MOUNT JULIET — Tennessee Baptist Disaster Relief is gearing up to assist Tennessee residents in the aftermath of a string of tornadoes and severe storms that struck the state on March 31 and the early morning hours of April 1.
Wes Jones, disaster relief specialist for the Tennessee Baptist Mission Board, said the full extent of damage across Tennessee probably won’t be known until later in the day (April 1).
“We have assessors going to the hardest hit areas as soon as possible. Some areas, such as Covington, are still impassable, according to news reports, Jones said.
The storms were part of a larger system that swept across the central and southern portions of the United States, leaving at least nine dead with five in Arkansas, three in Indiana and one in Illinois.
In Arkansas, at least 50 people were hospitalized after a tornado hit the Little Rock area and people were trapped in homes in Wynne, Ark. Nearly 450,000 customers are without power across the U.S due to the storms, according to a tracking site.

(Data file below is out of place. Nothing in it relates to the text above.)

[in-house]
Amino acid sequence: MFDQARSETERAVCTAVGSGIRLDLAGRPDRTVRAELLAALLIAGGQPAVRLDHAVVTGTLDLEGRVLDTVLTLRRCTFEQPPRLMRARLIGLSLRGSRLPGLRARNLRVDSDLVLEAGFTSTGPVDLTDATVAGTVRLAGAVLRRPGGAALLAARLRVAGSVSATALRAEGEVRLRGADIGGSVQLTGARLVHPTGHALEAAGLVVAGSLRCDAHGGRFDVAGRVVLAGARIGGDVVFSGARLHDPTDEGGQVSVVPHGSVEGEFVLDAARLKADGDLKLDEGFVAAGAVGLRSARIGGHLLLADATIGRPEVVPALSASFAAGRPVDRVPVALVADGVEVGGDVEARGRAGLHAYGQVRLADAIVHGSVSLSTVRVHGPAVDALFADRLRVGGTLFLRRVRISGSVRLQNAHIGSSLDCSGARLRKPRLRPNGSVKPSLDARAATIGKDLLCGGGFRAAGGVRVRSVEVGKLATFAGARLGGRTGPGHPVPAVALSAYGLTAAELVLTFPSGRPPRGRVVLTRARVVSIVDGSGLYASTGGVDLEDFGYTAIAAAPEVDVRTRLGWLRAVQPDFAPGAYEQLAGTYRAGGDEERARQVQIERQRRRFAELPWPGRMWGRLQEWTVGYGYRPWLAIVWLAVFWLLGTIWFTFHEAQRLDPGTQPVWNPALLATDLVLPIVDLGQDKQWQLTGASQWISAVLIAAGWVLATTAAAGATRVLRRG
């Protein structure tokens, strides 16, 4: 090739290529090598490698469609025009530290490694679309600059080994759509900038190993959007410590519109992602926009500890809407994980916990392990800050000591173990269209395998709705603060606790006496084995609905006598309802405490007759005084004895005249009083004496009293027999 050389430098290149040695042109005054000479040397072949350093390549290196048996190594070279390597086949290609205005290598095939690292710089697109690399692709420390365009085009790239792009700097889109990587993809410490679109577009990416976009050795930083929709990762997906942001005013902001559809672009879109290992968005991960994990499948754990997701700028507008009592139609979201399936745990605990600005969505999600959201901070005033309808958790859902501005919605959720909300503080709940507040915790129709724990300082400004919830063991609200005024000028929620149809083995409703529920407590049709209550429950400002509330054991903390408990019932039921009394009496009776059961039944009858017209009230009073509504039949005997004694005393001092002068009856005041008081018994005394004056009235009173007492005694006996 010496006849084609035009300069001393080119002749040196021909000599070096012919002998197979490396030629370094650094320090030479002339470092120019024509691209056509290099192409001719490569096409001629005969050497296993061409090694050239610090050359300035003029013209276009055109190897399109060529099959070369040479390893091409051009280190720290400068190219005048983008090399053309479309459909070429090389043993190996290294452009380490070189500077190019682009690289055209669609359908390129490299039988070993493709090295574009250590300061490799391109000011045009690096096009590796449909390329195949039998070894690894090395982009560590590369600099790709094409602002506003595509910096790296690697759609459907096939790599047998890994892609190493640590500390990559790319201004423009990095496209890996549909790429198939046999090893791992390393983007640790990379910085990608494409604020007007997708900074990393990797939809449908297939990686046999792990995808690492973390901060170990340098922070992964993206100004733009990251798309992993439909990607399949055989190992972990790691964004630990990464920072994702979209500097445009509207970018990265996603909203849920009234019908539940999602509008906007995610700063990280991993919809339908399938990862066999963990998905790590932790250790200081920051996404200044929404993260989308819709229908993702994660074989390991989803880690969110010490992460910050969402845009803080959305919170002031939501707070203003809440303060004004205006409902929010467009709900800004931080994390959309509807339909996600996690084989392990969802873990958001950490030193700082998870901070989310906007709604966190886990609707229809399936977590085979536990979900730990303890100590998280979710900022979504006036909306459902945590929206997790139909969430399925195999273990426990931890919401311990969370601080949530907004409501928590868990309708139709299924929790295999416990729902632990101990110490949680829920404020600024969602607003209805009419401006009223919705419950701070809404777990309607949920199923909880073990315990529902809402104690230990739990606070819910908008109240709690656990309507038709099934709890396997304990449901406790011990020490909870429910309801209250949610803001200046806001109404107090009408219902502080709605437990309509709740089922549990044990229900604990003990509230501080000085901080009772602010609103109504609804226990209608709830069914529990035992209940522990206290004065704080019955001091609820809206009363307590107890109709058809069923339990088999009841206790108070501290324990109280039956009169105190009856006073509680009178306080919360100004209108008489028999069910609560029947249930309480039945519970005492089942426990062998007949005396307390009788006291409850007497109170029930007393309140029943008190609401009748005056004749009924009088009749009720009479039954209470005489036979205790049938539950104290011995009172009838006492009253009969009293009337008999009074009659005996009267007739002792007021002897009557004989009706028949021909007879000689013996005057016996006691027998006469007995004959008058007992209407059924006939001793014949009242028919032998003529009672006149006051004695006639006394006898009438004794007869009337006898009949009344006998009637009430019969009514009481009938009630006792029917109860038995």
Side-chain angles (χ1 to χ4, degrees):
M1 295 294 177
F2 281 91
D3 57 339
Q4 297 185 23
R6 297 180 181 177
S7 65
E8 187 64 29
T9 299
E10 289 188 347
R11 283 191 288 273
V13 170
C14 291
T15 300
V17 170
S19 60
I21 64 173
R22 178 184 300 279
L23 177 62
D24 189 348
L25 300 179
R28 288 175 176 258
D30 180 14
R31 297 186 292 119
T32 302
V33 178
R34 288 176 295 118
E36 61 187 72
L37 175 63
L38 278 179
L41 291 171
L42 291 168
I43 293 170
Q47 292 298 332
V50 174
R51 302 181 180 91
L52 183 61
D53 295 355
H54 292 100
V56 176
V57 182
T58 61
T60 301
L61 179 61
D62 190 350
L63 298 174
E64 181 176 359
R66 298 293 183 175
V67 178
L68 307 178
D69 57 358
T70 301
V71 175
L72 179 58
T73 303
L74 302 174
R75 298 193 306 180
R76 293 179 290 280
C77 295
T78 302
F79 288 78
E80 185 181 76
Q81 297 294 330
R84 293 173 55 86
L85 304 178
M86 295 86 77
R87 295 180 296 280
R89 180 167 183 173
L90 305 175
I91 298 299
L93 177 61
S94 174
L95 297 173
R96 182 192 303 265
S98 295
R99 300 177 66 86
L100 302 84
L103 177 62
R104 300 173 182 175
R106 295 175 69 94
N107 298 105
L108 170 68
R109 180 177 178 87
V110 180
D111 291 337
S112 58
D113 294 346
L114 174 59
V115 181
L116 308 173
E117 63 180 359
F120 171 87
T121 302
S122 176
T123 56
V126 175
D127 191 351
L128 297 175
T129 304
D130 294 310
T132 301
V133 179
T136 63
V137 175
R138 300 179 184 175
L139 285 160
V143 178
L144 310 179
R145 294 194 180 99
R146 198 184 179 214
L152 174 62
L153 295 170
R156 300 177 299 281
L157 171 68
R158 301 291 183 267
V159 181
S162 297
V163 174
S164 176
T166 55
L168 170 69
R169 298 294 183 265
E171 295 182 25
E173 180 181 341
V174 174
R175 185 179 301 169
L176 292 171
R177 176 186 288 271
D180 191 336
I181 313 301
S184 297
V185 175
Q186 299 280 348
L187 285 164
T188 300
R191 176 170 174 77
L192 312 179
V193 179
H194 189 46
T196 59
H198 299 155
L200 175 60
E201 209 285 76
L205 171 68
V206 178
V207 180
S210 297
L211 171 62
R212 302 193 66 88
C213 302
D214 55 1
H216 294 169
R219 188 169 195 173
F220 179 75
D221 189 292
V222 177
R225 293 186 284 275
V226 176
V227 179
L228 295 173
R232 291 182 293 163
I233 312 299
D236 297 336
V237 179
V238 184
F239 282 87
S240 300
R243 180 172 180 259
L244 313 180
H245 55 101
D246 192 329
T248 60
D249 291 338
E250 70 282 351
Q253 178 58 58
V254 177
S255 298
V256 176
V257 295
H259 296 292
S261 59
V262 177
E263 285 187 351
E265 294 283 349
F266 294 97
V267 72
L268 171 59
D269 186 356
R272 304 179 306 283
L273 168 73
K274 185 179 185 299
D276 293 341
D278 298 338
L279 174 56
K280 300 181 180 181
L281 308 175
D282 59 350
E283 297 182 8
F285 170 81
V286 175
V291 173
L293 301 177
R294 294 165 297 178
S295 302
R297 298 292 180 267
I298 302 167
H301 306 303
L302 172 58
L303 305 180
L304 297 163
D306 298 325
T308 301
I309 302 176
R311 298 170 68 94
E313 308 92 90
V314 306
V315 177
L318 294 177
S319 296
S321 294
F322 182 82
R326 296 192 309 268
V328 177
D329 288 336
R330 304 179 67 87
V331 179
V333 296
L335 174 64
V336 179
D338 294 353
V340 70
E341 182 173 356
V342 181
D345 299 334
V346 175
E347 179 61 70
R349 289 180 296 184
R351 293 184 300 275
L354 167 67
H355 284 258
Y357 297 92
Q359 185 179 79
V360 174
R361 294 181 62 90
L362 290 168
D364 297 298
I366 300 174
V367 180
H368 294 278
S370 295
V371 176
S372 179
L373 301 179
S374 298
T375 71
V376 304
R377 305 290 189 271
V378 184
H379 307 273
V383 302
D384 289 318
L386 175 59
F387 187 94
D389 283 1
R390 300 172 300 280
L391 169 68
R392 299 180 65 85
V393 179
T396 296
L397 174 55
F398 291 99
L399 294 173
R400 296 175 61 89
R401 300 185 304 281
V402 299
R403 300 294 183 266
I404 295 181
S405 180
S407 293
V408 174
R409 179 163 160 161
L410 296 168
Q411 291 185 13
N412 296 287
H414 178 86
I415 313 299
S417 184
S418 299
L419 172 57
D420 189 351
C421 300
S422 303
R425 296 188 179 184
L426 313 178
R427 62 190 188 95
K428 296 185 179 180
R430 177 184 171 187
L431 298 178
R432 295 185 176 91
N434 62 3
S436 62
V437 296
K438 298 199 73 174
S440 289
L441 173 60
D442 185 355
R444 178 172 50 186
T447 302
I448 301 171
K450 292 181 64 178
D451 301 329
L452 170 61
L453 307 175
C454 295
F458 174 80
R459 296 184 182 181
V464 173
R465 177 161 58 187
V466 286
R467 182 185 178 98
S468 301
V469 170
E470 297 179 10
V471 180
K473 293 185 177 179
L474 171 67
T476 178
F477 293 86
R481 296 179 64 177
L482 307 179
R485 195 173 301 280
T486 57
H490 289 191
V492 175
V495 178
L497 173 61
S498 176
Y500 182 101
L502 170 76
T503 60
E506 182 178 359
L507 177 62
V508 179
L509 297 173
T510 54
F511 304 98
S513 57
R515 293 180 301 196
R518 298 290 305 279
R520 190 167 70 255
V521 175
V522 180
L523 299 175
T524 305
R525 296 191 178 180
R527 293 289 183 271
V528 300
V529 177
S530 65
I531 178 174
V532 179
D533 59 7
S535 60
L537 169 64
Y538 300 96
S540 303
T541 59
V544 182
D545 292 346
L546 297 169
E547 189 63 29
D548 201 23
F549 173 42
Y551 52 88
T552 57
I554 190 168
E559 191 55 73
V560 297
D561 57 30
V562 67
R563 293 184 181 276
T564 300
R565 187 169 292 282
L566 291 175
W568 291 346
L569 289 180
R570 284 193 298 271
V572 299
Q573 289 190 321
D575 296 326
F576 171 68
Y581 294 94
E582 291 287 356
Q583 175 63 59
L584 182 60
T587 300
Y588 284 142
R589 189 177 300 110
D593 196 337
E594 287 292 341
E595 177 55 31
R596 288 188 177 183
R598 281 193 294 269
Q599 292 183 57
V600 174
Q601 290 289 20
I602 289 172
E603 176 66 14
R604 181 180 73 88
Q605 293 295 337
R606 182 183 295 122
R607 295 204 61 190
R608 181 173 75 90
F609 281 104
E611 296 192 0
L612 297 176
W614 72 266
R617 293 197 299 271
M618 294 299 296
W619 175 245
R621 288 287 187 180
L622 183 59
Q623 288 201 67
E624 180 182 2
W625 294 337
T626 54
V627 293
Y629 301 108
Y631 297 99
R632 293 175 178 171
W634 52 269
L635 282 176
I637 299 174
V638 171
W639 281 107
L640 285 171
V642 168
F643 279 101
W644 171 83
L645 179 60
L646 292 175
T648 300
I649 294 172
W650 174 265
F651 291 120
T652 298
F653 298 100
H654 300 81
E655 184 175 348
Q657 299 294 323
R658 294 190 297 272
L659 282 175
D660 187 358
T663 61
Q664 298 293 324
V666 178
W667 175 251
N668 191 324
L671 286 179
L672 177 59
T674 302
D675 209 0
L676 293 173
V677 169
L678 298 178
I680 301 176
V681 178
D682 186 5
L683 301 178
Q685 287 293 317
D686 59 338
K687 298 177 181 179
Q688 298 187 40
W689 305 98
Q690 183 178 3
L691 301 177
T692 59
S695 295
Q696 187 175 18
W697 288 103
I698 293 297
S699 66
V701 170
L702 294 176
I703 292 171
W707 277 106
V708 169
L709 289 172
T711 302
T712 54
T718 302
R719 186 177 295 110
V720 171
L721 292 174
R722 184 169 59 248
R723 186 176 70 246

According to WPLN News in Nashville, early reports from West Tennessee indicate storm damage in Tipton, Haywood, McNairy and Hardin counties with possible tornado damage near Paris, Clarksville, Hohenwald, Savannah, Hartsville, Eagleville, Christiana and Woodbury.
Covington was one of the hardest hit areas, according to numerous news reports. It was hit by the same storm that caused massive damage In Wynne, Ark. Covington Mayor Jan Hensley posted that the city had been hit with severe storms and emergency services were responding, according to a report by The Commercial Appeal in Memphis.
A “2023 Tornado Fund” has been established at TnDisasterRelief.org for those who wish to assist in recovery efforts.
Updates will be posted at baptistandreflector.org as they become available. B&R